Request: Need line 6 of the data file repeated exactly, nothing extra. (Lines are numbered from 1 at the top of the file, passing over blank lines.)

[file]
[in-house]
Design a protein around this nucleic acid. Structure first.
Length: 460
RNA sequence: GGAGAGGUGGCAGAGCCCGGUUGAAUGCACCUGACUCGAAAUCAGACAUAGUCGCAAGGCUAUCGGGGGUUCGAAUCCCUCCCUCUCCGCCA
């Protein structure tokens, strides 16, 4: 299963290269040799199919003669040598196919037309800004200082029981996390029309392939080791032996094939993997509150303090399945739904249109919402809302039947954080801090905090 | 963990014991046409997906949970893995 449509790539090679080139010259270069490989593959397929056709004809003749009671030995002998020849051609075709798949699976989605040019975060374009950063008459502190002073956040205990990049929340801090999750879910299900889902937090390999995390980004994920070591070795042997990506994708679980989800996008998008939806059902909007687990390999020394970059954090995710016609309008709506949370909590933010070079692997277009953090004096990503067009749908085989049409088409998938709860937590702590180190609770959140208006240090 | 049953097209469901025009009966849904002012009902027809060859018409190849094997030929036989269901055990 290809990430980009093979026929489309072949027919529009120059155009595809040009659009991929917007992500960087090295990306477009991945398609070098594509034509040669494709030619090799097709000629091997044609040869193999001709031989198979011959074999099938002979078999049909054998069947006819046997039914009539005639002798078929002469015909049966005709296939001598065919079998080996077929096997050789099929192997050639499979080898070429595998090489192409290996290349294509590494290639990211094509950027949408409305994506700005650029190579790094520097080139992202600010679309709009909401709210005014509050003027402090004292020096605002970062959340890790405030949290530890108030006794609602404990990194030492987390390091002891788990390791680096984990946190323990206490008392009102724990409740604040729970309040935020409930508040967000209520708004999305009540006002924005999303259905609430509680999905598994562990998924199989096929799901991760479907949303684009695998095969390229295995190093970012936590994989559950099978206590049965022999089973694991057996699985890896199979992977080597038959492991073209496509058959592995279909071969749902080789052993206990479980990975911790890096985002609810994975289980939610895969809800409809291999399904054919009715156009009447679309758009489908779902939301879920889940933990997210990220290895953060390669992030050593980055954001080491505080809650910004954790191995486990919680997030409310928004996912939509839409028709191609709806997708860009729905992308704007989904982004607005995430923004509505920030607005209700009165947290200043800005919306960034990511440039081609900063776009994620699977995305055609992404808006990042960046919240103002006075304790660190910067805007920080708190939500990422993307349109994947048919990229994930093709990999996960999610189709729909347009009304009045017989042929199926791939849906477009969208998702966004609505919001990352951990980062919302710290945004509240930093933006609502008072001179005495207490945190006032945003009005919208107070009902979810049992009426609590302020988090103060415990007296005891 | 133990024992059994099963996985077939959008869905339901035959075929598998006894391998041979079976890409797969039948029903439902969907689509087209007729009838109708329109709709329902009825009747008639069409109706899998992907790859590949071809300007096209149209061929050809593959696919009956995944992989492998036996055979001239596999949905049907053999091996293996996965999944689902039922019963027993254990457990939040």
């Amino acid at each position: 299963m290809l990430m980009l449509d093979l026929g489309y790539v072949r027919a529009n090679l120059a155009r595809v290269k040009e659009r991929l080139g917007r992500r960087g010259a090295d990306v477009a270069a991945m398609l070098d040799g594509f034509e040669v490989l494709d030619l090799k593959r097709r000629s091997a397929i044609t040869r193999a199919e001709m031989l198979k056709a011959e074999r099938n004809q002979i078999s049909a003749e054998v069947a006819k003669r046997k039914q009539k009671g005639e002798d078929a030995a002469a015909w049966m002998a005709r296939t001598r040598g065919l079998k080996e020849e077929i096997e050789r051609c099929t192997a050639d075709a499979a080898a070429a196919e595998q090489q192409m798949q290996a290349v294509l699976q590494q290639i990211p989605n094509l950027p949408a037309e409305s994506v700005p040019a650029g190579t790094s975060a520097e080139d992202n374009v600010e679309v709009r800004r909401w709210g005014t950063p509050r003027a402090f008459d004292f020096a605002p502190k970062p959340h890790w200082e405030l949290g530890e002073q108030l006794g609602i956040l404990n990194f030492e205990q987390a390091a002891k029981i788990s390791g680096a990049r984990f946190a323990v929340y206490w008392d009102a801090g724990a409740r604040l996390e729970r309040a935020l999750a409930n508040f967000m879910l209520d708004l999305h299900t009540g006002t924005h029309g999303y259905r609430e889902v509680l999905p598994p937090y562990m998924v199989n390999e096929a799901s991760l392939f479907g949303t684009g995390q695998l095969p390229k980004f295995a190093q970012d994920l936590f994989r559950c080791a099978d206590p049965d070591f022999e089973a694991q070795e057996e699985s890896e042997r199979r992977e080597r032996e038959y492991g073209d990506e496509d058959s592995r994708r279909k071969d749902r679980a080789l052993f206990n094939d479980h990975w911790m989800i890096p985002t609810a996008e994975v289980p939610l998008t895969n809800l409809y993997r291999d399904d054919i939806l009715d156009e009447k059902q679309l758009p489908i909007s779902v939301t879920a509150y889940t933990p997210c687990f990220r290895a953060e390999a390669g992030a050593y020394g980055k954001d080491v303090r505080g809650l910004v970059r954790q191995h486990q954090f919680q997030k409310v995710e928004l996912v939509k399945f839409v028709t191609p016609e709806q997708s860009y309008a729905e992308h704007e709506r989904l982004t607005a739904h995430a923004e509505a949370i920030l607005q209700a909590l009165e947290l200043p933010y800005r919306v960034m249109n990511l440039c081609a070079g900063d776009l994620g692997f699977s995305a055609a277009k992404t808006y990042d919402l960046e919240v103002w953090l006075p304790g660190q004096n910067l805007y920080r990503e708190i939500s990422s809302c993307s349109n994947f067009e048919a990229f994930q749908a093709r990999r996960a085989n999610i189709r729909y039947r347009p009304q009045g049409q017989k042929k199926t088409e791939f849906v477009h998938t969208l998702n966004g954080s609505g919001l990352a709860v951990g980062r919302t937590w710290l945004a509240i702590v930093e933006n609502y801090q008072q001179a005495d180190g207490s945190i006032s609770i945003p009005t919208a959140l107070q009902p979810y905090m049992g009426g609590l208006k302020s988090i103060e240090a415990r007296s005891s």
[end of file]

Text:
């Amino acid at each position: 299963m290809l990430m980009l449509d093979l026929g489309y790539v072949r027919a529009n090679l120059a155009r595809v290269k040009e659009r991929l080139g917007r992500r960087g010259a090295d990306v477009a270069a991945m398609l070098d040799g594509f034509e040669v490989l494709d030619l090799k593959r097709r000629s091997a397929i044609t040869r193999a199919e001709m031989l198979k056709a011959e074999r099938n004809q002979i078999s049909a003749e054998v069947a006819k003669r046997k039914q009539k009671g005639e002798d078929a030995a002469a015909w049966m002998a005709r296939t001598r040598g065919l079998k080996e020849e077929i096997e050789r051609c099929t192997a050639d075709a499979a080898a070429a196919e595998q090489q192409m798949q290996a290349v294509l699976q590494q290639i990211p989605n094509l950027p949408a037309e409305s994506v700005p040019a650029g190579t790094s975060a520097e080139d992202n374009v600010e679309v709009r800004r909401w709210g005014t950063p509050r003027a402090f008459d004292f020096a605002p502190k970062p959340h890790w200082e405030l949290g530890e002073q108030l006794g609602i956040l404990n990194f030492e205990q987390a390091a002891k029981i788990s390791g680096a990049r984990f946190a323990v929340y206490w008392d009102a801090g724990a409740r604040l996390e729970r309040a935020l999750a409930n508040f967000m879910l209520d708004l999305h299900t009540g006002t924005h029309g999303y259905r609430e889902v509680l999905p598994p937090y562990m998924v199989n390999e096929a799901s991760l392939f479907g949303t684009g995390q695998l095969p390229k980004f295995a190093q970012d994920l936590f994989r559950c080791a099978d206590p049965d070591f022999e089973a694991q070795e057996e699985s890896e042997r199979r992977e080597r032996e038959y492991g073209d990506e496509d058959s592995r994708r279909k071969d749902r679980a080789l052993f206990n094939d479980h990975w911790m989800i890096p985002t609810a996008e994975v289980p939610l998008t895969n809800l409809y993997r291999d399904d054919i939806l009715d156009e009447k059902q679309l758009p489908i909007s779902v939301t879920a509150y889940t933990p997210c687990f990220r290895a953060e390999a390669g992030a050593y020394g980055k954001d080491v303090r505080g809650l910004v970059r954790q191995h486990q954090f919680q997030k409310v995710e928004l996912v939509k399945f839409v028709t191609p016609e709806q997708s860009y309008a729905e992308h704007e709506r989904l982004t607005a739904h995430a923004e509505a949370i920030l607005q209700a909590l009165e947290l200043p933010y800005r919306v960034m249109n990511l440039c081609a070079g900063d776009l994620g692997f699977s995305a055609a277009k992404t808006y990042d919402l960046e919240v103002w953090l006075p304790g660190q004096n910067l805007y920080r990503e708190i939500s990422s809302c993307s349109n994947f067009e048919a990229f994930q749908a093709r990999r996960a085989n999610i189709r729909y039947r347009p009304q009045g049409q017989k042929k199926t088409e791939f849906v477009h998938t969208l998702n966004g954080s609505g919001l990352a709860v951990g980062r919302t937590w710290l945004a509240i702590v930093e933006n609502y801090q008072q001179a005495d180190g207490s945190i006032s609770i945003p009005t919208a959140l107070q009902p979810y905090m049992g009426g609590l208006k302020s988090i103060e240090a415990r007296s005891s």